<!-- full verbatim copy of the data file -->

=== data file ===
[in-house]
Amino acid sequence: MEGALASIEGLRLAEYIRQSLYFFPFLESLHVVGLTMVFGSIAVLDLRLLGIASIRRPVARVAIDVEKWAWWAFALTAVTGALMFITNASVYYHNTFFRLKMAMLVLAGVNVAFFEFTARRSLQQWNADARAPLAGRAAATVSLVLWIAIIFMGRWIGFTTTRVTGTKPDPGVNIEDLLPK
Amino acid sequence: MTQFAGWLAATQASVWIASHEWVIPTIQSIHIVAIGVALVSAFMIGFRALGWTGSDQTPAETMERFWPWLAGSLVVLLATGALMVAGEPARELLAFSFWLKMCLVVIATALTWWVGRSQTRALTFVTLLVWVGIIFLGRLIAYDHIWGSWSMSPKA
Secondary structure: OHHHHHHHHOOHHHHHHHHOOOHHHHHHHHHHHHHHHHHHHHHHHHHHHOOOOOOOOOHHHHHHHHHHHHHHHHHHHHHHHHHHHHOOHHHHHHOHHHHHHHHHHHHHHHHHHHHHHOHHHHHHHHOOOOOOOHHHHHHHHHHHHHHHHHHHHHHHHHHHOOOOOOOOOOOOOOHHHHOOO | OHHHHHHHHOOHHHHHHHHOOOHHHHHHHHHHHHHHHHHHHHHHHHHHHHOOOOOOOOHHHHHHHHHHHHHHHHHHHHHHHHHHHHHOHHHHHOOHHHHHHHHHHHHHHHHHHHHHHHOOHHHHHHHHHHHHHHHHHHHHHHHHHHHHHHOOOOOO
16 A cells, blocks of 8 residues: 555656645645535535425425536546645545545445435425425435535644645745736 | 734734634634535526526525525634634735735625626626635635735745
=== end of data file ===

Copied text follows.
[in-house]
Amino acid sequence: MEGALASIEGLRLAEYIRQSLYFFPFLESLHVVGLTMVFGSIAVLDLRLLGIASIRRPVARVAIDVEKWAWWAFALTAVTGALMFITNASVYYHNTFFRLKMAMLVLAGVNVAFFEFTARRSLQQWNADARAPLAGRAAATVSLVLWIAIIFMGRWIGFTTTRVTGTKPDPGVNIEDLLPK
Amino acid sequence: MTQFAGWLAATQASVWIASHEWVIPTIQSIHIVAIGVALVSAFMIGFRALGWTGSDQTPAETMERFWPWLAGSLVVLLATGALMVAGEPARELLAFSFWLKMCLVVIATALTWWVGRSQTRALTFVTLLVWVGIIFLGRLIAYDHIWGSWSMSPKA
Secondary structure: OHHHHHHHHOOHHHHHHHHOOOHHHHHHHHHHHHHHHHHHHHHHHHHHHOOOOOOOOOHHHHHHHHHHHHHHHHHHHHHHHHHHHHOOHHHHHHOHHHHHHHHHHHHHHHHHHHHHHOHHHHHHHHOOOOOOOHHHHHHHHHHHHHHHHHHHHHHHHHHHOOOOOOOOOOOOOOHHHHOOO | OHHHHHHHHOOHHHHHHHHOOOHHHHHHHHHHHHHHHHHHHHHHHHHHHHOOOOOOOOHHHHHHHHHHHHHHHHHHHHHHHHHHHHHOHHHHHOOHHHHHHHHHHHHHHHHHHHHHHHOOHHHHHHHHHHHHHHHHHHHHHHHHHHHHHHOOOOOO
16 A cells, blocks of 8 residues: 555656645645535535425425536546645545545445435425425435535644645745736 | 734734634634535526526525525634634735735625626626635635735745